There has never been a better time to be a coffee drinker. From neighborhood bodegas selling bottled cold-brew to pour-over bars popping around the country, the diversity and availability of good coffee is at an all time high. But what is "good" coffee, anyway? Like beer, coffee has a way of eliciting knee-jerk populist reactions—for every Aeropress-toting coffee geek, there are legions of folks happily running on Dunkin' and expressing righteous indignation at the proliferation of $5 lattes.
As with all things, though, you shouldn't knock so-called "speciality" coffee until you've not only tried it, but also learned about what really makes it different from the hot black muck we all used to slurp down with half and half.
With resurgence in the craft of making coffee, a hierarchy has emerged among consumers in how they order or brew their routine cups. To find out what separates a Blue Bottle pour-over from a $1 cup of gas-station sludge, we hollered at brew pro Erin Meister to debunk common myths and decode the buzzwords that have taken over the coffee-shop experience. Now, when you opt for one or the other, at least you'll be making a fully informed choice.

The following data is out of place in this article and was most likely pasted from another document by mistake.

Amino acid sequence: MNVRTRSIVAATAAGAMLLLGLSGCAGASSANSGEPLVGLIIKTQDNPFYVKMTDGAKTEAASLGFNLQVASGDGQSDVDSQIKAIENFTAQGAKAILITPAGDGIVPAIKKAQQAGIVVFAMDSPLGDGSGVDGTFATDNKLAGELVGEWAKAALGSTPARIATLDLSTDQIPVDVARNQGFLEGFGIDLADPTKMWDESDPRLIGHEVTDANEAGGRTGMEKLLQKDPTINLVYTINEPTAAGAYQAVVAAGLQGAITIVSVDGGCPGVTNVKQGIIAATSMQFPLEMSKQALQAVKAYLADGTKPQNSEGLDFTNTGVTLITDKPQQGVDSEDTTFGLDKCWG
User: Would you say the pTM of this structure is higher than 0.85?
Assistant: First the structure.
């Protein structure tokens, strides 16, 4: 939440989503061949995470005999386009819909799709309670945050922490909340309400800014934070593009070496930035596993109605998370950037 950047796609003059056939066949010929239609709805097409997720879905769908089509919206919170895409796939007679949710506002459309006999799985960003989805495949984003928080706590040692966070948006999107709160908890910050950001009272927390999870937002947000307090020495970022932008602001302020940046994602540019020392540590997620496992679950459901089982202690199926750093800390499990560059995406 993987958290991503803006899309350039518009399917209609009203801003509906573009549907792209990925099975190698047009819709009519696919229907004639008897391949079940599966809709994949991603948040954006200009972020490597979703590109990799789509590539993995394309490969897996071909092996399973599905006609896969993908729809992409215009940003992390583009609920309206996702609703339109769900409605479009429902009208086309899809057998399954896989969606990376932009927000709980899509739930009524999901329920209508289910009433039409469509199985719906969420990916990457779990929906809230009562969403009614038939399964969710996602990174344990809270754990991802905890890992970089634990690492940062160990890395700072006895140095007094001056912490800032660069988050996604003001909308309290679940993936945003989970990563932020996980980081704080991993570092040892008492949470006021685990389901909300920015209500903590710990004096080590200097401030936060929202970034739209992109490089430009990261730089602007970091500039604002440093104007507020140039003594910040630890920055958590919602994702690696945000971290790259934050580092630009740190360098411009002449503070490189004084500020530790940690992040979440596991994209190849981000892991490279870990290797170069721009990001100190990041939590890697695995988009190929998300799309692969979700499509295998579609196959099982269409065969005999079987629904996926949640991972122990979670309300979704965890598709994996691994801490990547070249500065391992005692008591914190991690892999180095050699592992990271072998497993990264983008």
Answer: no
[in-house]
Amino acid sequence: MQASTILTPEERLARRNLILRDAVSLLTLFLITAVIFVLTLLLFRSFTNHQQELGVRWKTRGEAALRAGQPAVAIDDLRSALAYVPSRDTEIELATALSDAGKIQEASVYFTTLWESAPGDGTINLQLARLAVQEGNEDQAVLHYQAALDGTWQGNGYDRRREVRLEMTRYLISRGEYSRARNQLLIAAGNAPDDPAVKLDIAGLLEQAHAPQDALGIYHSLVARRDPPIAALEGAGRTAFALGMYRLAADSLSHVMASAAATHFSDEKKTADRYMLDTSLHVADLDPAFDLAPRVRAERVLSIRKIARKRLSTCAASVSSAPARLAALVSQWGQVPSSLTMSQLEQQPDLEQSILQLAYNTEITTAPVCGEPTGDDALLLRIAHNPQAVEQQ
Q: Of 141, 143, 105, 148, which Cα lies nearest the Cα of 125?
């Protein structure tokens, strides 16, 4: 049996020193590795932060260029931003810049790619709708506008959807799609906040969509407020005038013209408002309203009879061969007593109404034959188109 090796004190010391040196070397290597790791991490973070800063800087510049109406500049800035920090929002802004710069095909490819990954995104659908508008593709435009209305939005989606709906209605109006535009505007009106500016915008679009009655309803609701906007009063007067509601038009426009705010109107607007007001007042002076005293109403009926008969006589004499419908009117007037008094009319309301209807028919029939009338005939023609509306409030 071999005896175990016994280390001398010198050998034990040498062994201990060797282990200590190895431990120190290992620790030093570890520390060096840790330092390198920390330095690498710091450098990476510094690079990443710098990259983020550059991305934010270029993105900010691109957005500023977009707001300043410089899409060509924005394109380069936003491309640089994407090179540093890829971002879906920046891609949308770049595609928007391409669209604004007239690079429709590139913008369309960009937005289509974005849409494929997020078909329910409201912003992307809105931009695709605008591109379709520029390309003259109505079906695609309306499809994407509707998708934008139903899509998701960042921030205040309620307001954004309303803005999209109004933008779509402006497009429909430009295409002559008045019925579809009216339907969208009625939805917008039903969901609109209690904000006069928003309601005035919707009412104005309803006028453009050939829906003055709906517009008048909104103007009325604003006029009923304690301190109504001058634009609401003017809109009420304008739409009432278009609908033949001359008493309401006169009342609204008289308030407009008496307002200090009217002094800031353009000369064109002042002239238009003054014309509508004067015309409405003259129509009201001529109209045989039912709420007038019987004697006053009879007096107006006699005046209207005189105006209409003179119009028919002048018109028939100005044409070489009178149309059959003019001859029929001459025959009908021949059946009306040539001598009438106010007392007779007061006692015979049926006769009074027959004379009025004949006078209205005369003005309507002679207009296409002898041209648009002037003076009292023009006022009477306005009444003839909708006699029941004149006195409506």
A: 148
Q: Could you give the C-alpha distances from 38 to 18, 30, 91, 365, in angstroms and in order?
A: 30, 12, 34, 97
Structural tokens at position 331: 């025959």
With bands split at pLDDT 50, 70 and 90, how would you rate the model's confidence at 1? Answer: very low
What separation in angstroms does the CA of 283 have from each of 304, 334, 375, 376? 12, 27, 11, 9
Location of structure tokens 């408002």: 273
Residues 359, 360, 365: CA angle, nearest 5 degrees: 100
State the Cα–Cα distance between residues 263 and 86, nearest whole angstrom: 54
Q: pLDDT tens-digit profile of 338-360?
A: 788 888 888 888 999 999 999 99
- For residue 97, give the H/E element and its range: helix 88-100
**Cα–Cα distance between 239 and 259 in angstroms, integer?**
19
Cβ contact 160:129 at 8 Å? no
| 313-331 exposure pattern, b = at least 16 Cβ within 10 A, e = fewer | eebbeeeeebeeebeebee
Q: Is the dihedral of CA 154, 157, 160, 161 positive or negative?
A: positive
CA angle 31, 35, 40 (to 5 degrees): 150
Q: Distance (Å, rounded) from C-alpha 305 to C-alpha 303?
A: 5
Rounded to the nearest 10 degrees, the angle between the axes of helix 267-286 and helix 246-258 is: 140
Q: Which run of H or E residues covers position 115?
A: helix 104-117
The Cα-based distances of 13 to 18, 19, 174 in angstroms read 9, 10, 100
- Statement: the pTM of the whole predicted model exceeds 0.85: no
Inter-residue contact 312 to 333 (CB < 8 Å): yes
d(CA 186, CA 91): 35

The expert: Erin Meister had her first cup of coffee at age nine. Despite the half-cup of milk and sugar mixed in, Meister says it became an instant Sunday ritual until she was old enough to understand why drinking coffee was more than just something adults do. After working for years as a barista and a journalist who specialized in coffee and food, Meister became a member of customer support and a coffee educator at Counter Culture. “I just want people to have better coffee always,” she says as she waxes poetic about her current fix, Haru from Yirgacheffe, a citrusy Ethiopian coffee that is just coming into season. Meister insists that she is not a coffee snob—her least favorite thing, in fact, is to isolate consumers with the notion that you must be a coffee nerd to truly enjoy it. Still, to be intelligent coffee drinkers, aren’t we supposed to be able to detect its nuances, like those in wine?
Let's find out...
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